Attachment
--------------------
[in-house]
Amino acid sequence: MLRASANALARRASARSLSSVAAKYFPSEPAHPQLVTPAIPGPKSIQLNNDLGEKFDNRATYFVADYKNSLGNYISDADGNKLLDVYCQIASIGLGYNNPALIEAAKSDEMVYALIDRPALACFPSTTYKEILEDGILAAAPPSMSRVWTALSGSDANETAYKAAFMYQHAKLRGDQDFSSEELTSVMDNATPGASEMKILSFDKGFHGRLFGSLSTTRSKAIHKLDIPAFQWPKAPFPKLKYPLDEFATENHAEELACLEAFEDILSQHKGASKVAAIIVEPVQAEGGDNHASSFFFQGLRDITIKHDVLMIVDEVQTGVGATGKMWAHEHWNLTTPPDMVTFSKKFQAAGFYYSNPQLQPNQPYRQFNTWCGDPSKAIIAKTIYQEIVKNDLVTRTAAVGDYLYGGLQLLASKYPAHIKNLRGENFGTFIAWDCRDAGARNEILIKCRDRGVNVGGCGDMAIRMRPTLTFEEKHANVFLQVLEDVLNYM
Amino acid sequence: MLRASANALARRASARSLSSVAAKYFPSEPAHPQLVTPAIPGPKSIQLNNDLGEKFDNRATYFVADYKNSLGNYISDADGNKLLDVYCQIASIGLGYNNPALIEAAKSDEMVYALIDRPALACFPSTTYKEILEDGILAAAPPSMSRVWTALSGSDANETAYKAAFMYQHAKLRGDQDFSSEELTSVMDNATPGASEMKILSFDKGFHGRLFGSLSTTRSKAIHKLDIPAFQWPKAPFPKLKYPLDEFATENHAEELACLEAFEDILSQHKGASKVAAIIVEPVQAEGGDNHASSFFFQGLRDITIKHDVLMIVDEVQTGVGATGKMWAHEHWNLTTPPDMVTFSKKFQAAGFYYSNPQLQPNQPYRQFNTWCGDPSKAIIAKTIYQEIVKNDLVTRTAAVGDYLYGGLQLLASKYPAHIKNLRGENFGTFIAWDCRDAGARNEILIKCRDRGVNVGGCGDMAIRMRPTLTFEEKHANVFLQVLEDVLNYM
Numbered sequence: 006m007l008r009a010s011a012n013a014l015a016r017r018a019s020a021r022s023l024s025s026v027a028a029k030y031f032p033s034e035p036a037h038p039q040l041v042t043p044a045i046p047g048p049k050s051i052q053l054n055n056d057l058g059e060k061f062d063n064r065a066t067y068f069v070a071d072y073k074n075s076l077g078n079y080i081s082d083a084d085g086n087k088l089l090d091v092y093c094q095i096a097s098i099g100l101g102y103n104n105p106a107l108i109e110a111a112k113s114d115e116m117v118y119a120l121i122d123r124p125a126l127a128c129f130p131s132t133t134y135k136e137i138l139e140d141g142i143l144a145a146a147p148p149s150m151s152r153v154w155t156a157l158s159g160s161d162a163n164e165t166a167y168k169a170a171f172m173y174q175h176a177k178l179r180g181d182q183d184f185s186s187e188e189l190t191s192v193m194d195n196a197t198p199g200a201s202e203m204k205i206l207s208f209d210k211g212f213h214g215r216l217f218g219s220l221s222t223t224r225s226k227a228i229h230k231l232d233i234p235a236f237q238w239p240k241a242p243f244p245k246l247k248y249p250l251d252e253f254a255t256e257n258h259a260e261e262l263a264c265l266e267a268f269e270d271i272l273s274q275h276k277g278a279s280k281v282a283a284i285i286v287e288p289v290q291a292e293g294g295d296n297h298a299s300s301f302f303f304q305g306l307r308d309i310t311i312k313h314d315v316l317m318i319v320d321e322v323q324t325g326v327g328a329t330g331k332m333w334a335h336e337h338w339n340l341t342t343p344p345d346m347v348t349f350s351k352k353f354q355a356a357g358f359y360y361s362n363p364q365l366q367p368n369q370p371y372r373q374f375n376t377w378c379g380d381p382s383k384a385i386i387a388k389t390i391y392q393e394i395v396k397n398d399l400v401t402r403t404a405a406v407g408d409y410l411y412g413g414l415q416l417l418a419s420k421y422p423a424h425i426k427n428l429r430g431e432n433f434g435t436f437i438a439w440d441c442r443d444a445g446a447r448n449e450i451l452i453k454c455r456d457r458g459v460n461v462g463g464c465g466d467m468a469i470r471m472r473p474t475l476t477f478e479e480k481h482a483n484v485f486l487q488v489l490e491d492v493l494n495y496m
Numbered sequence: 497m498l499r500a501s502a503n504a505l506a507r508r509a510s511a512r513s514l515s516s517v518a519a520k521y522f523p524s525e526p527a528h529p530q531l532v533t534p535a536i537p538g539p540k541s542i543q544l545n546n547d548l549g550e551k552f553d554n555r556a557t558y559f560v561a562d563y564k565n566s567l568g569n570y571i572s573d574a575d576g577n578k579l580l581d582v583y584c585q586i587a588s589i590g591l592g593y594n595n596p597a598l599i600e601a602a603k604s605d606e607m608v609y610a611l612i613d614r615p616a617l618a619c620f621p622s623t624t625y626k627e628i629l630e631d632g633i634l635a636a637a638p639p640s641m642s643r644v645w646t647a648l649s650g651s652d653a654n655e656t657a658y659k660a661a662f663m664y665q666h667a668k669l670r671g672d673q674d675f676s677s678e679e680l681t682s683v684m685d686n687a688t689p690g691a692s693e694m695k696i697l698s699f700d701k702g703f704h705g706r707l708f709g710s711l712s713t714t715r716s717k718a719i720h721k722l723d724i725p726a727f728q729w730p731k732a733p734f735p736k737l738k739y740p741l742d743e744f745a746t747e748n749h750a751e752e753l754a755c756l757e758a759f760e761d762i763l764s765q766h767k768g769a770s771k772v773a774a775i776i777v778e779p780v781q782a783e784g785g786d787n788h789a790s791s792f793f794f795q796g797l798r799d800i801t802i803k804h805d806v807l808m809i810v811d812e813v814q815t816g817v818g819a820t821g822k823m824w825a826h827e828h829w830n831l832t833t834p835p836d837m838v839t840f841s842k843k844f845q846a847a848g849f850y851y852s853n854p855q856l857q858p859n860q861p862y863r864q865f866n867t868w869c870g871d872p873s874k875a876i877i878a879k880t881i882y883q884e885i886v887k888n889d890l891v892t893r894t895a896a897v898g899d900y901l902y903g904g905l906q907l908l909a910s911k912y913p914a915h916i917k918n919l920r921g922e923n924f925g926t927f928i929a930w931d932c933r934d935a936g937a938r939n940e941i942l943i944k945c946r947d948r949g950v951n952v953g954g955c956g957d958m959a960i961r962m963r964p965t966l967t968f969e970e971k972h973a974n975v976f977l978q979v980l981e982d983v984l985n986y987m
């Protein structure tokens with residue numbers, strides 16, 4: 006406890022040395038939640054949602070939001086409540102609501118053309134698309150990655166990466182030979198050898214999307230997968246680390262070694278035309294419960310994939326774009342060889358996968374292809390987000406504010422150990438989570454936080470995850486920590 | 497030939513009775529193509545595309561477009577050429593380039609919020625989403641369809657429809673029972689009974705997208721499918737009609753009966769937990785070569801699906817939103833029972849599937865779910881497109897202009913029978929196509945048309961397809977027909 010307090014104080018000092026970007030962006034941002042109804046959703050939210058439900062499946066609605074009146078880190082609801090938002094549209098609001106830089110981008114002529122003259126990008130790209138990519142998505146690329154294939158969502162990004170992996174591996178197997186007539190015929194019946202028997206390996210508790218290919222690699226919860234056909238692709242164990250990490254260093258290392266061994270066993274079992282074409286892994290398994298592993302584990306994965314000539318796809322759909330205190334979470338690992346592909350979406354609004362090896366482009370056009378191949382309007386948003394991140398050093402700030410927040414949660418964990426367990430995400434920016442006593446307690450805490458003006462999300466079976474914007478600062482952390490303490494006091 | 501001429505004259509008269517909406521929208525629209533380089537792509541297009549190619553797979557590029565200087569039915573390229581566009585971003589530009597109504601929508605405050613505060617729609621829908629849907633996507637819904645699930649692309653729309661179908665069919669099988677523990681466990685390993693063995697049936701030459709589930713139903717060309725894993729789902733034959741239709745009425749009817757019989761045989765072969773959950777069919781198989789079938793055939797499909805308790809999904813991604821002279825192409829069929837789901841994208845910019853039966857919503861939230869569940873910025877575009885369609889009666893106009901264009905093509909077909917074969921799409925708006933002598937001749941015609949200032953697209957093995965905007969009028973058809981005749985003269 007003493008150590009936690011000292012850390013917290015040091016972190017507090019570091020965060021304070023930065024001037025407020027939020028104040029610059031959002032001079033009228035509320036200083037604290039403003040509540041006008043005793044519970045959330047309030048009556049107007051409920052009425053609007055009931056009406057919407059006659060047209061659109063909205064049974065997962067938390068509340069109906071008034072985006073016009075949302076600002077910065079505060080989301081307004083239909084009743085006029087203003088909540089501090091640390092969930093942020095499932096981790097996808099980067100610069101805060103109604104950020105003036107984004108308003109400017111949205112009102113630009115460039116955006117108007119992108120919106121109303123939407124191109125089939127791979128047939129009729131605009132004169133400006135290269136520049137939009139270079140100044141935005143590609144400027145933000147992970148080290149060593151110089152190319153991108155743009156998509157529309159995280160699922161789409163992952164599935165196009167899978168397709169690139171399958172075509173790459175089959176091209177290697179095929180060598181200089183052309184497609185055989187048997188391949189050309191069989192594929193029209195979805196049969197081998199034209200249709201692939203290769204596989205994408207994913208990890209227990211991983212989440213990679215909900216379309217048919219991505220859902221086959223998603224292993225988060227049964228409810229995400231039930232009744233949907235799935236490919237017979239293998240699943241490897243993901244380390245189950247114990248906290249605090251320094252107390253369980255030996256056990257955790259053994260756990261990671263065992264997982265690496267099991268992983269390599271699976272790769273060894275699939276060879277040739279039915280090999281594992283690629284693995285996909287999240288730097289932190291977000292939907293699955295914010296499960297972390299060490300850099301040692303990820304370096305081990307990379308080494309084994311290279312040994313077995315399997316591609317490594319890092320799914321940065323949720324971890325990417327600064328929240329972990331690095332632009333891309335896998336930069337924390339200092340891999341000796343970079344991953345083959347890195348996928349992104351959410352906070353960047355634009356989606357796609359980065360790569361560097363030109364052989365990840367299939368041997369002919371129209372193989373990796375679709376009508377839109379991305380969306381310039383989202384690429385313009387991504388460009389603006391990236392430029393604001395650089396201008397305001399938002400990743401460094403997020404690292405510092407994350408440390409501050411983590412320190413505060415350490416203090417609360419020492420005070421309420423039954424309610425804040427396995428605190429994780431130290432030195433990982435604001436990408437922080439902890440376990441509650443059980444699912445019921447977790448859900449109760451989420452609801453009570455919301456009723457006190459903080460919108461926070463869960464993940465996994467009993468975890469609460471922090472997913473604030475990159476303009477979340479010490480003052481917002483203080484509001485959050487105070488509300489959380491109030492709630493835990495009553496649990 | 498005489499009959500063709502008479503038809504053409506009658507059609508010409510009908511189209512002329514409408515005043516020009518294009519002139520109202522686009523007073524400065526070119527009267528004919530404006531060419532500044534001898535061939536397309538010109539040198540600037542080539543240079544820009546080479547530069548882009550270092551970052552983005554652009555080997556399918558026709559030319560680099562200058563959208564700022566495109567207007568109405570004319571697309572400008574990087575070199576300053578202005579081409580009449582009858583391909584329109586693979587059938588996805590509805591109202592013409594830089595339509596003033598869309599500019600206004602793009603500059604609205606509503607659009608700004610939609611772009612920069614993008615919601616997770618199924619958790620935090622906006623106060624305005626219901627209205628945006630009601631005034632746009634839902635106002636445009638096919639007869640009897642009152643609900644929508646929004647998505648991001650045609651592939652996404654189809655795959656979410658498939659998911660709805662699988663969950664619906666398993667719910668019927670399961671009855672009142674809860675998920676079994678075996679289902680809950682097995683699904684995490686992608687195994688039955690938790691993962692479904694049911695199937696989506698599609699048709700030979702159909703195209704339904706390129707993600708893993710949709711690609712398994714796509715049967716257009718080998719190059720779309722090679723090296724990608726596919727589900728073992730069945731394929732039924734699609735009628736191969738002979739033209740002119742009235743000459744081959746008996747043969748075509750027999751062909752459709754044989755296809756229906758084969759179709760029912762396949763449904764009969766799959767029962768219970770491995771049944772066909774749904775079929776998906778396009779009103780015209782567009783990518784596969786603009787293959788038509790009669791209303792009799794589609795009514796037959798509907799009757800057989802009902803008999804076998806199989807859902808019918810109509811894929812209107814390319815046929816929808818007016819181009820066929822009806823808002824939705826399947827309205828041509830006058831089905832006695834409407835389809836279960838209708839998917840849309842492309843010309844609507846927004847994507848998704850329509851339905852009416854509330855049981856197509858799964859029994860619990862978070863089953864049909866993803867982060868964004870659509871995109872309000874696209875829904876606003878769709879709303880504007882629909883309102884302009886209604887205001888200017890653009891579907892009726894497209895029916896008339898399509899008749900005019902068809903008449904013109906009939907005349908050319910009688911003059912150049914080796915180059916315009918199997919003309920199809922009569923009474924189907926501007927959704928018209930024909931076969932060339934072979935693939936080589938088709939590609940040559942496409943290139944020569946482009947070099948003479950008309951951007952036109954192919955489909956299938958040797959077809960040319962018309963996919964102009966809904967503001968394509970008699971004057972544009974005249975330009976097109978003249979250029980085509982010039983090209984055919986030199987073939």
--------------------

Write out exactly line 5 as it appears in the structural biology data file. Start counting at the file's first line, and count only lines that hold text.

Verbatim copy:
Numbered sequence: 497m498l499r500a501s502a503n504a505l506a507r508r509a510s511a512r513s514l515s516s517v518a519a520k521y522f523p524s525e526p527a528h529p530q531l532v533t534p535a536i537p538g539p540k541s542i543q544l545n546n547d548l549g550e551k552f553d554n555r556a557t558y559f560v561a562d563y564k565n566s567l568g569n570y571i572s573d574a575d576g577n578k579l580l581d582v583y584c585q586i587a588s589i590g591l592g593y594n595n596p597a598l599i600e601a602a603k604s605d606e607m608v609y610a611l612i613d614r615p616a617l618a619c620f621p622s623t624t625y626k627e628i629l630e631d632g633i634l635a636a637a638p639p640s641m642s643r644v645w646t647a648l649s650g651s652d653a654n655e656t657a658y659k660a661a662f663m664y665q666h667a668k669l670r671g672d673q674d675f676s677s678e679e680l681t682s683v684m685d686n687a688t689p690g691a692s693e694m695k696i697l698s699f700d701k702g703f704h705g706r707l708f709g710s711l712s713t714t715r716s717k718a719i720h721k722l723d724i725p726a727f728q729w730p731k732a733p734f735p736k737l738k739y740p741l742d743e744f745a746t747e748n749h750a751e752e753l754a755c756l757e758a759f760e761d762i763l764s765q766h767k768g769a770s771k772v773a774a775i776i777v778e779p780v781q782a783e784g785g786d787n788h789a790s791s792f793f794f795q796g797l798r799d800i801t802i803k804h805d806v807l808m809i810v811d812e813v814q815t816g817v818g819a820t821g822k823m824w825a826h827e828h829w830n831l832t833t834p835p836d837m838v839t840f841s842k843k844f845q846a847a848g849f850y851y852s853n854p855q856l857q858p859n860q861p862y863r864q865f866n867t868w869c870g871d872p873s874k875a876i877i878a879k880t881i882y883q884e885i886v887k888n889d890l891v892t893r894t895a896a897v898g899d900y901l902y903g904g905l906q907l908l909a910s911k912y913p914a915h916i917k918n919l920r921g922e923n924f925g926t927f928i929a930w931d932c933r934d935a936g937a938r939n940e941i942l943i944k945c946r947d948r949g950v951n952v953g954g955c956g957d958m959a960i961r962m963r964p965t966l967t968f969e970e971k972h973a974n975v976f977l978q979v980l981e982d983v984l985n986y987m